At the nanoscale, even the most basic quantum size effect, the induction of semiconducting gaps by electron confinement, requires ultimate precision. The case of graphene is a dramatic example, where deviations of a single atom in width can induce dramatic variations of the gap. As a consequence, local defects or variations in width can severely disrupt electron transport properties in nanoscale graphene nanoribbons (GNRs).
Fortunately, the atomic engineering of quantum phenomena in graphene-based nanomaterials started to be a reality a decade ago with the emergence of the bottom-up on-surface synthesis (OSS). In addition to producing atomically precise homogeneous 1D nanostructures, OSS-based methods can also introduce heteroatoms, heterojunctions, or hybrid components in the structure with the same precision, allowing for a precise engineering of the electronic properties. Recently, an OSS synthetic approach based on the lateral coupling of parallel aligned nanoribbons has endowed this atomic engineering capability to the synthesis of two-dimensional nanoarchitectures that can be conceived as nanoporous graphene (NPG). In these intrinsically anisotropic structures, when adjacent ribbons are not equivalent, band mismatch can lead to a total confinement of electrons in individual GNRs.
In contrast, the lateral coupling of equivalent GNRs can lead to sizable interribbon transmission, giving rise to intriguing quantum interferences that regulate the degree of anisotropy of the nanomaterial. Quantum simulations on electron propagation in different proposed NPG nanoarchitectures indicate that the interribbon transmission can be switched on/off by the chemical modification of the coupling bridges.
Now, a team of researchers has synthesised a new NPG structure 1 where such chemical knobs are introduced and where the interribbon coupling strength can be additionally modulated by a continuous conformational transformation of the molecular bridges. The interribbon electronic coupling can be controlled by the different degrees of freedom provided by phenylene bridges that couple the conducting channels. This versatility arises from the multiplicity of phenylene cross-coupling configurations, which provides a robust chemical knob, and from the interphenyl twist angle that acts as a fine-tunable knob.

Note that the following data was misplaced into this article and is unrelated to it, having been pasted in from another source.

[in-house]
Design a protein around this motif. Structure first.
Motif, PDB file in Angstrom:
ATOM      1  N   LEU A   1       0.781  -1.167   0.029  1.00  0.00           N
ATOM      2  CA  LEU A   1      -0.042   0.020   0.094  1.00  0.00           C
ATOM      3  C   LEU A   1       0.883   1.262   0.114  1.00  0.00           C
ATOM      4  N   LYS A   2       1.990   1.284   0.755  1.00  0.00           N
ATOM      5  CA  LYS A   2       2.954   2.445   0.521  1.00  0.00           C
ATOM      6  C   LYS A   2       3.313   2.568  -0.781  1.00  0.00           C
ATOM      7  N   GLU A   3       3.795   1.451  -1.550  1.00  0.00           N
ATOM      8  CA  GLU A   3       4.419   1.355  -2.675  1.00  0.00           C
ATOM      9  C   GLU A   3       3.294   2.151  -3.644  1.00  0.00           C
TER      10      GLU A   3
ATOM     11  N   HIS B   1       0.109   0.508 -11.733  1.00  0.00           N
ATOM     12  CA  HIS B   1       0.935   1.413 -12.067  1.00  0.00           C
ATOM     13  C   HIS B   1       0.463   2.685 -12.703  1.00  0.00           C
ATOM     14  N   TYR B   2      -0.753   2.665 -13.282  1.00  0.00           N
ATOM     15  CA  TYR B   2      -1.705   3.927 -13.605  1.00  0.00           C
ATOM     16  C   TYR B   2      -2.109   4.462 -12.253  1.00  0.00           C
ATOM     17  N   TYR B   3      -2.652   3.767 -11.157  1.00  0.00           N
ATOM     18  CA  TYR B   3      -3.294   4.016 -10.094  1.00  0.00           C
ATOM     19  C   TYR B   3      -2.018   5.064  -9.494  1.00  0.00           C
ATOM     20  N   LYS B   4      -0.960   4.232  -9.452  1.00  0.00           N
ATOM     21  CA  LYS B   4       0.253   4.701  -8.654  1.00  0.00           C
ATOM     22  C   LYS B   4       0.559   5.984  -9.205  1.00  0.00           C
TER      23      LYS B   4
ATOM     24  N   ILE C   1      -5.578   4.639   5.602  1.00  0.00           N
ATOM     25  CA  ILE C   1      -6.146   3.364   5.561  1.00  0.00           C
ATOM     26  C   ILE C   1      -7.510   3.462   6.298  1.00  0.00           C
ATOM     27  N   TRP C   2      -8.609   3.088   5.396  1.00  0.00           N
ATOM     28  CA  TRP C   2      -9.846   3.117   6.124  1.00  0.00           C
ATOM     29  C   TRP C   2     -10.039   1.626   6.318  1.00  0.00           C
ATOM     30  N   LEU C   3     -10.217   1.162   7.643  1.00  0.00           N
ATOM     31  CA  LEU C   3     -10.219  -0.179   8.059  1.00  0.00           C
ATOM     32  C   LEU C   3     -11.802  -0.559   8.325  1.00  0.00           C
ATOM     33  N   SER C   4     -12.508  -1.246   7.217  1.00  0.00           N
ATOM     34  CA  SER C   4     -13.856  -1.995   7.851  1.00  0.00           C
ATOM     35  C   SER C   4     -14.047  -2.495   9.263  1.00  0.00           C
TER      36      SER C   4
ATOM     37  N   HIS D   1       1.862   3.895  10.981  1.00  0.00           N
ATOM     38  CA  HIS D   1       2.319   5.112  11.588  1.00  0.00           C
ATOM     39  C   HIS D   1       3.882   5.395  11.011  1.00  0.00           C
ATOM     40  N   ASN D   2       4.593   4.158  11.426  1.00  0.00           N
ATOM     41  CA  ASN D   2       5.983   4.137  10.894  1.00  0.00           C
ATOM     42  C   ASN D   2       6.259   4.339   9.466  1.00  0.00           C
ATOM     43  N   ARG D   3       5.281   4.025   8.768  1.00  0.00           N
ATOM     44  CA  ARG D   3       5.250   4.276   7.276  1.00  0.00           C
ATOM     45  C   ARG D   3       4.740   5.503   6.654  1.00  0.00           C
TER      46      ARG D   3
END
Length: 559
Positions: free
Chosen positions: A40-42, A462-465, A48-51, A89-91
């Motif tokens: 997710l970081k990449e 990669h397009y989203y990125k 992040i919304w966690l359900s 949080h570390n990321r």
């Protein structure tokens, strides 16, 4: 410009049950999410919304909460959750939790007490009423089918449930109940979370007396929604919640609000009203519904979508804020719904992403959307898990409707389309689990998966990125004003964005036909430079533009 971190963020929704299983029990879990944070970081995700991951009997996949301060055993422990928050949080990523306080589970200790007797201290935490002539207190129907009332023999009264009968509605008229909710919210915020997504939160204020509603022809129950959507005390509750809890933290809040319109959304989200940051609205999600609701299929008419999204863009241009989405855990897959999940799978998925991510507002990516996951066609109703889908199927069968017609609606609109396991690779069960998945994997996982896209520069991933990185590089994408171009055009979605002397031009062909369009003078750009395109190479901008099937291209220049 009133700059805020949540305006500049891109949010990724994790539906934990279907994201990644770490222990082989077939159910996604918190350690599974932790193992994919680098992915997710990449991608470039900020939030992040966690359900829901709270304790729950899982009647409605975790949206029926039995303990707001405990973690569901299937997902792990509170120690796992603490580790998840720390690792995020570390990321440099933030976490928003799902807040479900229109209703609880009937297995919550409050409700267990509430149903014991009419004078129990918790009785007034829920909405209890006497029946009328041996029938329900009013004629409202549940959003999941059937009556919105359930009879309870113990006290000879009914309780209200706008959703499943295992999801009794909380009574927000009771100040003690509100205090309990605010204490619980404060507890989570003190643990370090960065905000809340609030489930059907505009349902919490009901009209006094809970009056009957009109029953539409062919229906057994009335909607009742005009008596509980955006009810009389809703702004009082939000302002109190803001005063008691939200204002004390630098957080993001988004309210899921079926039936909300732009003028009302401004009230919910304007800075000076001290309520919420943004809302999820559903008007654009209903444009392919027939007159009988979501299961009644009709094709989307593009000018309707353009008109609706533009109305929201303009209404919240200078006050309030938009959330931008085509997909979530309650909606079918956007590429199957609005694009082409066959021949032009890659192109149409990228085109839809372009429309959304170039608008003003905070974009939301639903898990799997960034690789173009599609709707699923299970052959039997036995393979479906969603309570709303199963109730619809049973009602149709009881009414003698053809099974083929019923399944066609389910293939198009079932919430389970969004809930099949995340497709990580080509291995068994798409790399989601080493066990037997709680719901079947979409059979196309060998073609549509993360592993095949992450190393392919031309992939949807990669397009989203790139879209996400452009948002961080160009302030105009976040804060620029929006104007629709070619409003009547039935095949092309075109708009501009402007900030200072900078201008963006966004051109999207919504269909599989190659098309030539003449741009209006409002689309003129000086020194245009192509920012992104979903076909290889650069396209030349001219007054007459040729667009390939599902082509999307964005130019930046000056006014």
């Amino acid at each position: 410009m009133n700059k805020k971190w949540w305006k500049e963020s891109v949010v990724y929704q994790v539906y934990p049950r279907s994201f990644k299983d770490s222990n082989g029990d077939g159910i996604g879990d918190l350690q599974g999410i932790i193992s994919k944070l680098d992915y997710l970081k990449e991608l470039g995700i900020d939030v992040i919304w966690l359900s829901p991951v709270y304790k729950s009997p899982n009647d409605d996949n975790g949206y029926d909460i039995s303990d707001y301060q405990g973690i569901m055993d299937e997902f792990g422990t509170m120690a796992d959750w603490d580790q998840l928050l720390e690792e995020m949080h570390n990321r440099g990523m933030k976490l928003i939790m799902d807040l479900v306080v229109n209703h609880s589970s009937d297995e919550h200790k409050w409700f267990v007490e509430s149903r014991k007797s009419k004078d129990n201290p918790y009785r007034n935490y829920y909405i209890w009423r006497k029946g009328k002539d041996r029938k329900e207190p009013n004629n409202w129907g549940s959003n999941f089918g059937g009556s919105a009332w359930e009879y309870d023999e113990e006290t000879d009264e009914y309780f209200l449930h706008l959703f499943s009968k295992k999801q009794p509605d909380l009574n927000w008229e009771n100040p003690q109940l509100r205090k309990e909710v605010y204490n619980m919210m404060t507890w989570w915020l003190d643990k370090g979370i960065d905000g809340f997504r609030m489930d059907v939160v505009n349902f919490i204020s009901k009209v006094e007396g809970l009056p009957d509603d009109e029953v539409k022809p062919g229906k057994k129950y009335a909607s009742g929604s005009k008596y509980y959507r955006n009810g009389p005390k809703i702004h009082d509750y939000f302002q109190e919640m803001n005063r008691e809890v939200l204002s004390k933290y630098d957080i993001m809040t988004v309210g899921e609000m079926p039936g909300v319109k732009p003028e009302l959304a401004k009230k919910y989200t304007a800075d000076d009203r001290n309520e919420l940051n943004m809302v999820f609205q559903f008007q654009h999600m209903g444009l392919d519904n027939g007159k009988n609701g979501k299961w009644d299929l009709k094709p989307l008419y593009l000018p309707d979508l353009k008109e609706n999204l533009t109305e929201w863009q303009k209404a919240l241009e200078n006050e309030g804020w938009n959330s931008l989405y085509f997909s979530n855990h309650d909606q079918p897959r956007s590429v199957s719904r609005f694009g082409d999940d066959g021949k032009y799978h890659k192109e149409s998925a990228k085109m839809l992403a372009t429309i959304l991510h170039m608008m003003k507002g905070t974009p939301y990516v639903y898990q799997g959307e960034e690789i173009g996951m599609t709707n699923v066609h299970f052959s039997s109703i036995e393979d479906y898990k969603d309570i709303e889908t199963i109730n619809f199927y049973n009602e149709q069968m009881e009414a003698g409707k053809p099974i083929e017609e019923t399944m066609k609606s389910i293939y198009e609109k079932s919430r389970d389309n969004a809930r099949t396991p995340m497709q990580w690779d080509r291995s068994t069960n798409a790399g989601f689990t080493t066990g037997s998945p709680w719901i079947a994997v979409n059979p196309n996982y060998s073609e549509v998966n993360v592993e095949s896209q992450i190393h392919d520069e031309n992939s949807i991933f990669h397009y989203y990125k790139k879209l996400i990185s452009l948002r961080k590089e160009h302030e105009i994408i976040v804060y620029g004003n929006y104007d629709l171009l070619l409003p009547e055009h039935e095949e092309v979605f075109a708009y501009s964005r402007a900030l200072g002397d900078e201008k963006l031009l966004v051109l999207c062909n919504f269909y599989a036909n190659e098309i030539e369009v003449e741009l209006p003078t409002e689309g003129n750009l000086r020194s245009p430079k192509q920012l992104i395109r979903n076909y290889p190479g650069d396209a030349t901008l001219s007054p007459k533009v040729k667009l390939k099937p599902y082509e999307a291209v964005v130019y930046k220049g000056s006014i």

The capability of manipulating the interphenyl twist angle is experimentally inferred from the subtle interplay between the steric hindrance and substrate interactions that leads to different twist angles in individual ribbons and NPGs with different bridge configurations. This is further corroborated by the researchers using ab initio calculations where the effect of substrate interaction is directly addressed and the energetics of the twist angle are quantitatively analyzed. Electron propagation simulations demonstrate the capability of either switching on/off or modulating the interribbon coupling by the corresponding use of the chemical or the conformational knob.
The synthesis of atomically precise nanoporous graphene structures consisting of graphene nanoribbons connected by flexible phenylene bridges opens a way of tailoring quantum transport and the anisotropy in 2D materials. Calculations demonstrate that para bridges can be designed to tune this anisotropy continuously in a wide range by varying the interphenyl twist angle. This could be modulated by external stimuli such as strain or electric fields applied to functionalized polar phenylene bridges or more statically by using substrates with different degrees of interactions.
Molecular bridges therefore emerge as efficient tools to engineer quantum transport and anisotropy in carbon-based 2D nanoarchitectures. This strategy could also be used to tailor the phononic anisotropy, leading to novel approaches in the search of thermoelectric nanomaterials.
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Author: César Tomé López is a science writer and the editor of Mapping Ignorance
Disclaimer: Parts of this article may have been copied verbatim or almost verbatim from the referenced research paper/s.